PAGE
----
So what are you waiting for? Off you go….

Walking Away from You

This should come with a public health warning. It *will* drive you crazy.

Shamelessly stolen from Christopher Fowler’s blog (which is one of the few blogs I consistently look at. If you don’t read it, you should, because it’s fascinating: a mix of personal opinion, film trivia and reviews, excerpts from his newspaper columns and – my personal favourite – London history and oddities, it’s clever, surprising and fun), is this brilliant montage of back-of-head shots from films.

Sounds dull, but is incredibly neat (not to mention deeply frustrating!) and you’ll go mad trying to identify them all.

Some are easy, some are tricky and some have got me gnawing at my fingers, thinking “But I know this one…”

The Legend of Bleeding Heart Yard

One of my favourite London street names is “Bleeding Heart Yard”. It’s just off Hatton Garden, right at the edge of the City of London – and not far from the Barbican, where I used to live. Its unusual name stems from a particularly grim London legend.

The land was given to Sir Christopher Hatton by Elizabeth I. When he married, his wife’s dances became a high-point of the social season. One night, as a great ball was in progress, a black-robed man with a twisted hand threw open the doors to the ballroom and walked among the dancers until he found Lady Hatton; first, sweeping her into a dance, then leading her from the room.

Suddenly, there was a crack of thunder and a flash of lightning… and the assembled company heard a piercing scream from outside. Rushing to the aid of their hostess, the party were able to find no trace of her… except for her still-beating heart in the courtyard.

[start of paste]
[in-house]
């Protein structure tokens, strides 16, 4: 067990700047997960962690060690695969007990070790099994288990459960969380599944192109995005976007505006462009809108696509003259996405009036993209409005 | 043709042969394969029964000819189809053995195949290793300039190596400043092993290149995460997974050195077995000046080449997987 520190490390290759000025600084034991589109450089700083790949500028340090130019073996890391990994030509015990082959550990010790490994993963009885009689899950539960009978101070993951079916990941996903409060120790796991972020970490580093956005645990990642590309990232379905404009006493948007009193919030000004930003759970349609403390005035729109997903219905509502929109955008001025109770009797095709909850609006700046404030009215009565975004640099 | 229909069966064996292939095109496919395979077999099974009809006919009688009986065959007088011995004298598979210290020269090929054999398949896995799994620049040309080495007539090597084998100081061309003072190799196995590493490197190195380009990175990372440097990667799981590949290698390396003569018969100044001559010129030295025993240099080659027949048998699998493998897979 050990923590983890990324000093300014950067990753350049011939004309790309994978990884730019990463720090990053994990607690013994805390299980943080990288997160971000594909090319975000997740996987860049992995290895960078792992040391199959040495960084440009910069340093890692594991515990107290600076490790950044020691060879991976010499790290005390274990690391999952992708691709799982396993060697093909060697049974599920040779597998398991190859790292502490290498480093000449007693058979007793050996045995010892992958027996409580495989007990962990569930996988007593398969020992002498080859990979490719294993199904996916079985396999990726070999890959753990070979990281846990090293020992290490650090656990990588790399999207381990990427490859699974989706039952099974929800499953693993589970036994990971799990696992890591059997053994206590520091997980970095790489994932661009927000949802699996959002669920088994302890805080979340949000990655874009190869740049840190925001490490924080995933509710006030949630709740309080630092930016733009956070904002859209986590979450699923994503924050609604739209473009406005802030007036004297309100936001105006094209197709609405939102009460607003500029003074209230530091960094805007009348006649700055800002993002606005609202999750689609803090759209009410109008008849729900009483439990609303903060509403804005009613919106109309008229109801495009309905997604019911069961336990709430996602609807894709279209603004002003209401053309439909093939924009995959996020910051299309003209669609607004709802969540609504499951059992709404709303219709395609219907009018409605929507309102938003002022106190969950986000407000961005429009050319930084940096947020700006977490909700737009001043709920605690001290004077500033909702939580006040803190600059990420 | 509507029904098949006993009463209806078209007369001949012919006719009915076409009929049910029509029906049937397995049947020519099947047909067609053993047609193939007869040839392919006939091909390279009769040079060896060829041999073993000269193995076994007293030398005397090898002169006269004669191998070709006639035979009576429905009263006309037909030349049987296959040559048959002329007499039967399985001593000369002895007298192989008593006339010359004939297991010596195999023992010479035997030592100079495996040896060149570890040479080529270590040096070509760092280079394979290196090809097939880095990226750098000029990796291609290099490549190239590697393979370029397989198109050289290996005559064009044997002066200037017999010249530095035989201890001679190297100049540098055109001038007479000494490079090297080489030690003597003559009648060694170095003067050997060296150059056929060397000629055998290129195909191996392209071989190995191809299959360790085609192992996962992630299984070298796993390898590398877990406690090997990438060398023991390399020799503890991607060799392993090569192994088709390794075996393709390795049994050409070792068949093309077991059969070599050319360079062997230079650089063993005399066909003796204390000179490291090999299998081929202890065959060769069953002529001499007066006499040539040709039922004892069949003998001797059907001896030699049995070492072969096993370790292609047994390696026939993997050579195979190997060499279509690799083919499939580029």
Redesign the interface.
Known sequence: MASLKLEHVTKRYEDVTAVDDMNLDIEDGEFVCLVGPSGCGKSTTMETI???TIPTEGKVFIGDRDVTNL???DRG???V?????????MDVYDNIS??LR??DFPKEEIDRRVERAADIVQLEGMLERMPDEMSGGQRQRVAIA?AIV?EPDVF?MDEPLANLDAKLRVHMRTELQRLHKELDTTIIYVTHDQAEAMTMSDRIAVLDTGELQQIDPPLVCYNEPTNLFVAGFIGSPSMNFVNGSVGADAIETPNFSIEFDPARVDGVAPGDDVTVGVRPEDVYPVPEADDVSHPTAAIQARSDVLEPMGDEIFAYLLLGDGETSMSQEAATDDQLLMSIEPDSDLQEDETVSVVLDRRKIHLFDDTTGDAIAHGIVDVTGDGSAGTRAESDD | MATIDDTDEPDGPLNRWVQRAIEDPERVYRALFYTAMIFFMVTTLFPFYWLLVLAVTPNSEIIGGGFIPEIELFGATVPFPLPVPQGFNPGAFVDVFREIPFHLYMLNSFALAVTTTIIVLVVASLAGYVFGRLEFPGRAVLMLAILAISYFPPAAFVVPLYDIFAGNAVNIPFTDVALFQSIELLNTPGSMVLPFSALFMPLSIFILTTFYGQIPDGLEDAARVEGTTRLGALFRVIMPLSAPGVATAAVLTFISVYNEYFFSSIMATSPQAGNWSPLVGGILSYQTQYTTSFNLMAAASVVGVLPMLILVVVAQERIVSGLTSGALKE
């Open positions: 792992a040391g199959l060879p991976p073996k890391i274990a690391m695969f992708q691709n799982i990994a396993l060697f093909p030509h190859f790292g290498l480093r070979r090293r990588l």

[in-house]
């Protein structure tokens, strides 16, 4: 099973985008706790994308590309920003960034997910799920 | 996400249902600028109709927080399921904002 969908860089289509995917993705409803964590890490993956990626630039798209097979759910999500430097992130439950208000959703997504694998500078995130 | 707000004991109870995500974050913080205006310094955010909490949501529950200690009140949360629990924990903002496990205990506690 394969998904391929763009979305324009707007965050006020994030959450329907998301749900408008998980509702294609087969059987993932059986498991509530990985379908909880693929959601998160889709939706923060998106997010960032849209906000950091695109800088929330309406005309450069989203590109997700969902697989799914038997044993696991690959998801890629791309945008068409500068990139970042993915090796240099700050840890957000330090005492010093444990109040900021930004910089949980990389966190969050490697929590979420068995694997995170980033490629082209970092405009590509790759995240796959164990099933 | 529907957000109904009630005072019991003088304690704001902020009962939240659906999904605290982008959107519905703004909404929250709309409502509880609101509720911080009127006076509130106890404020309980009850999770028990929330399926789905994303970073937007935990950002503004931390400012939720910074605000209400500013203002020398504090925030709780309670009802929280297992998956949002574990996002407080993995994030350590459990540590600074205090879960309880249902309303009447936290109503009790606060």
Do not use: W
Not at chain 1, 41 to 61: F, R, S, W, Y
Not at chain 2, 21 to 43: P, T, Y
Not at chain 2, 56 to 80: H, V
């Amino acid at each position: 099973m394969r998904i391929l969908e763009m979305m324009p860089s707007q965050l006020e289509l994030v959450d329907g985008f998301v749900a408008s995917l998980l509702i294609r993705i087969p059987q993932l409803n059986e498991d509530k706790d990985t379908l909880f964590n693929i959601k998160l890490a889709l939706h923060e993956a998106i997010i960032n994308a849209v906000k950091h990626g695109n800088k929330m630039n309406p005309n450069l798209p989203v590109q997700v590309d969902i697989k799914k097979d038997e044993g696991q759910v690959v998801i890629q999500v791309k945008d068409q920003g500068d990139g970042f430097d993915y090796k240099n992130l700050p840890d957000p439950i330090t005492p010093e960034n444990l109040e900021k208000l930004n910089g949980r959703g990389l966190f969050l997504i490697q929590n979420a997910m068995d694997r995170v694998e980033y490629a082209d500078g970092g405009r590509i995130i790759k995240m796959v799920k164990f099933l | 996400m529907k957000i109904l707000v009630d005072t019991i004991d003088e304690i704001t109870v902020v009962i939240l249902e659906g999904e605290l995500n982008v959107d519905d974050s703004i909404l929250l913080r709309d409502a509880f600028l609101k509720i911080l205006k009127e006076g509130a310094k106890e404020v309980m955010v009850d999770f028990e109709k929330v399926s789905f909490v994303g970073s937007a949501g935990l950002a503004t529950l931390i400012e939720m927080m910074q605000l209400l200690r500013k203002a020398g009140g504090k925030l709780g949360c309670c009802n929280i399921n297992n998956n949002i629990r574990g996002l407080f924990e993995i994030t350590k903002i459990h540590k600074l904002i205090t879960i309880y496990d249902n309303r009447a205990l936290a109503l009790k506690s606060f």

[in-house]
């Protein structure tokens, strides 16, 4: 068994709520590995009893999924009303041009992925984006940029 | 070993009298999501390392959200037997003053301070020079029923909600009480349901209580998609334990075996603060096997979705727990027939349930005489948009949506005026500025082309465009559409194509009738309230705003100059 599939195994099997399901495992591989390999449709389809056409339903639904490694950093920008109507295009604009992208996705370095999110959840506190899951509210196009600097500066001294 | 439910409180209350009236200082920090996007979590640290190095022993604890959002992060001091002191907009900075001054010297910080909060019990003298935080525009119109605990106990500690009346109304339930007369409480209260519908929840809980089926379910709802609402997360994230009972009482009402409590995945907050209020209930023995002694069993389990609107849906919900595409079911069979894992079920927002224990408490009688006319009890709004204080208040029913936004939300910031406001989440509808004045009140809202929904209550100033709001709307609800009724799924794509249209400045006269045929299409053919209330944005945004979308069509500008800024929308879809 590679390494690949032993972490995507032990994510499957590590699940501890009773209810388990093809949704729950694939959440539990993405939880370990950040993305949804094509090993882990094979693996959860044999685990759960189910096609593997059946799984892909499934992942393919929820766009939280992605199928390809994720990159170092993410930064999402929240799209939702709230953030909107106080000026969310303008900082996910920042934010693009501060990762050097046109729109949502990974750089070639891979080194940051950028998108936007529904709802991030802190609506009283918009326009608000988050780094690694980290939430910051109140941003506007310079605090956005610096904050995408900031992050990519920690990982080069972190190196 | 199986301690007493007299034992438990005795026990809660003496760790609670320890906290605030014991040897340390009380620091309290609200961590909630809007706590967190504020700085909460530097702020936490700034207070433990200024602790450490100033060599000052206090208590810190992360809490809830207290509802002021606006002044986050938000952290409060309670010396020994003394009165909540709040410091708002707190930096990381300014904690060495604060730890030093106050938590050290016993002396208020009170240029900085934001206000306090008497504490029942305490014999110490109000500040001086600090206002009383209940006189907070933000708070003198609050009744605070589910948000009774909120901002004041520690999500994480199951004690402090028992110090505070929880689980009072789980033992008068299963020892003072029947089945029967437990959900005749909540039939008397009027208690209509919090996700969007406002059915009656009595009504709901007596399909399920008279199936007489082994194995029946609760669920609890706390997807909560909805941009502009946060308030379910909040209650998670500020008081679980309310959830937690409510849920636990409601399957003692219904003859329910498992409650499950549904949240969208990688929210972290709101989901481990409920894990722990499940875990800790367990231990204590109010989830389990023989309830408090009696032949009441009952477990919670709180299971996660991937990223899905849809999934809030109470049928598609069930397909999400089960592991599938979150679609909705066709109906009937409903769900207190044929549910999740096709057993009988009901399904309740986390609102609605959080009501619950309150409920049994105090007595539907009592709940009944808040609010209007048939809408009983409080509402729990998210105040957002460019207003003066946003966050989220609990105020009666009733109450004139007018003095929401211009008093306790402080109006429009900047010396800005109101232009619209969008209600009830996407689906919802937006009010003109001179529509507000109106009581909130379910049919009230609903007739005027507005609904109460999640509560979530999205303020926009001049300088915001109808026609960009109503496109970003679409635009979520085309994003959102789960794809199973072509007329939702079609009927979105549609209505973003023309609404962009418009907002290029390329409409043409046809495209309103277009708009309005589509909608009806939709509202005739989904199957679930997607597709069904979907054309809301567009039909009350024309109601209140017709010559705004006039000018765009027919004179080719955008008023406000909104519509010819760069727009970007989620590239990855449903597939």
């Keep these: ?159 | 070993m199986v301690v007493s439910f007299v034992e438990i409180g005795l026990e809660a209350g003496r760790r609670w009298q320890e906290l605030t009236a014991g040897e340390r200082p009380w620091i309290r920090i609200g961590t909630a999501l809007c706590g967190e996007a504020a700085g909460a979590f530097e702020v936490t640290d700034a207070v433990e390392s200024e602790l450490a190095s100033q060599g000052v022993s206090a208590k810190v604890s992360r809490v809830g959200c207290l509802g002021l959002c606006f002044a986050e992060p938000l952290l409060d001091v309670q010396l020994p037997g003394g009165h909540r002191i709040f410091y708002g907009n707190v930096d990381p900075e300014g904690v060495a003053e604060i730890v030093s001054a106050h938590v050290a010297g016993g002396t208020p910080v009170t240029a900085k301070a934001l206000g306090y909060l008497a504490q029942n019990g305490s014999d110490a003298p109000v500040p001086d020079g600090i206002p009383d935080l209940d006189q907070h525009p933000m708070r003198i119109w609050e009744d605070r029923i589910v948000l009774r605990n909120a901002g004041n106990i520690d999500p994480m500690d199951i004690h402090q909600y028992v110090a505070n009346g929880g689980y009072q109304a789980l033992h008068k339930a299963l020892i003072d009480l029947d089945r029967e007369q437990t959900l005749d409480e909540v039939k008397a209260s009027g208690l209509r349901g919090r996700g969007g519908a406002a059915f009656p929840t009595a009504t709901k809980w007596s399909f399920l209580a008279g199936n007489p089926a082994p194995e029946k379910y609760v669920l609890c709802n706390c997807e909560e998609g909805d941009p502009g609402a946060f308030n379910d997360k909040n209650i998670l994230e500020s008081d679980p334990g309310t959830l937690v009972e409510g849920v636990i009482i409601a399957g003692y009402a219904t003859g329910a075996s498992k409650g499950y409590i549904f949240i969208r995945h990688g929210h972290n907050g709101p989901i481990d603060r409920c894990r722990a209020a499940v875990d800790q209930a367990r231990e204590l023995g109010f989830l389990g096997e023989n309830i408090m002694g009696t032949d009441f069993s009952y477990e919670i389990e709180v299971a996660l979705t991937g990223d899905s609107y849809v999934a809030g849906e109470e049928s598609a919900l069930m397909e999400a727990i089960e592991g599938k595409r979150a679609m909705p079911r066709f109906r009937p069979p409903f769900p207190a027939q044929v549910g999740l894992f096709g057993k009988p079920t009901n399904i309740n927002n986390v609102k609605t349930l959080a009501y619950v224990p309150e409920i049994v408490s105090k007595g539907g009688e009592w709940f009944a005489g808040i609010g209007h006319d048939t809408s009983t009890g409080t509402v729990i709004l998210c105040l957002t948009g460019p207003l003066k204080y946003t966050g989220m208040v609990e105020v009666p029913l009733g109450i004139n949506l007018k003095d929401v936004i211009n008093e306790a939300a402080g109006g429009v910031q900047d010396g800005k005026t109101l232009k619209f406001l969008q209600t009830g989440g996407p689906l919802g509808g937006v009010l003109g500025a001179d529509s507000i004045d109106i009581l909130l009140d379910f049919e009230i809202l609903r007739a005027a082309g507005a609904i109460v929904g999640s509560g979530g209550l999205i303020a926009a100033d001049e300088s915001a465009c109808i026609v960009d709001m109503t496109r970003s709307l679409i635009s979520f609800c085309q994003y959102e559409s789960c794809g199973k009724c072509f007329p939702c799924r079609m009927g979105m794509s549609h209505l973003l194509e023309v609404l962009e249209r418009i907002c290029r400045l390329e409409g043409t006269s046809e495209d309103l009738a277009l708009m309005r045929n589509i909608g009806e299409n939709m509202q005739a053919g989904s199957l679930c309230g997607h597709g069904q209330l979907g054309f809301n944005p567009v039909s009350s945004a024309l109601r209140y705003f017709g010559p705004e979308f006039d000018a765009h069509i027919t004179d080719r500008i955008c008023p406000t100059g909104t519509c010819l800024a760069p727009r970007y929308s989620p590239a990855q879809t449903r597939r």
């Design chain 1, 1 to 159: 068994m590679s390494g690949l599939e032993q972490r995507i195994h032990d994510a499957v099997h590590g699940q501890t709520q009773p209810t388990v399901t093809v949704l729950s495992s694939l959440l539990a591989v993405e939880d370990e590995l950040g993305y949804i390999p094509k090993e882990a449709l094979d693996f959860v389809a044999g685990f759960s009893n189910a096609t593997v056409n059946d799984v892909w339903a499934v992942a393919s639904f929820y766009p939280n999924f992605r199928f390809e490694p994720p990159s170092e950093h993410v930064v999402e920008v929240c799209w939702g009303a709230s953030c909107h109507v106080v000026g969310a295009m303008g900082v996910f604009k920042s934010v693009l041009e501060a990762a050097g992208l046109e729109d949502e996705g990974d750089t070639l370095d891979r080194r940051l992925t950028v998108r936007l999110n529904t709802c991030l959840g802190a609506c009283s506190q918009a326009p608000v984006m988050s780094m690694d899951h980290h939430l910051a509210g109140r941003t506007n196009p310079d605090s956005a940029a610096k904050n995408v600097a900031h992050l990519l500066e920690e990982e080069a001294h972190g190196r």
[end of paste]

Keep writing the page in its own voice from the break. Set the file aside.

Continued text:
Lady Hatton, so the legend goes, chose to dance with the devil – and paid for it with her soul.

 

The Impossible House & the Inexplicable Genie

Just in case you saw yesterday’s post about our… colourful local street decoration; here he is, for your very viewing pleasure!

(For reasons utterly unknown to me, WordPress has decided that this is best viewed sideways if you click on it… Who am I to question the wisdom of the blog-gods?)

And seeing as I had the camera out, here’s a quick shot of the not-house on our street. It looks just like all the other front doors, but there’s no street number, no doorstep and no letterbox. And that’s because there’s no house behind it.

Don’t even ask about the window next door. I think it might have fallen victim to the Great Pavement Hunger of ’82…

Brighton Rocks

I live in a strange town, I really do.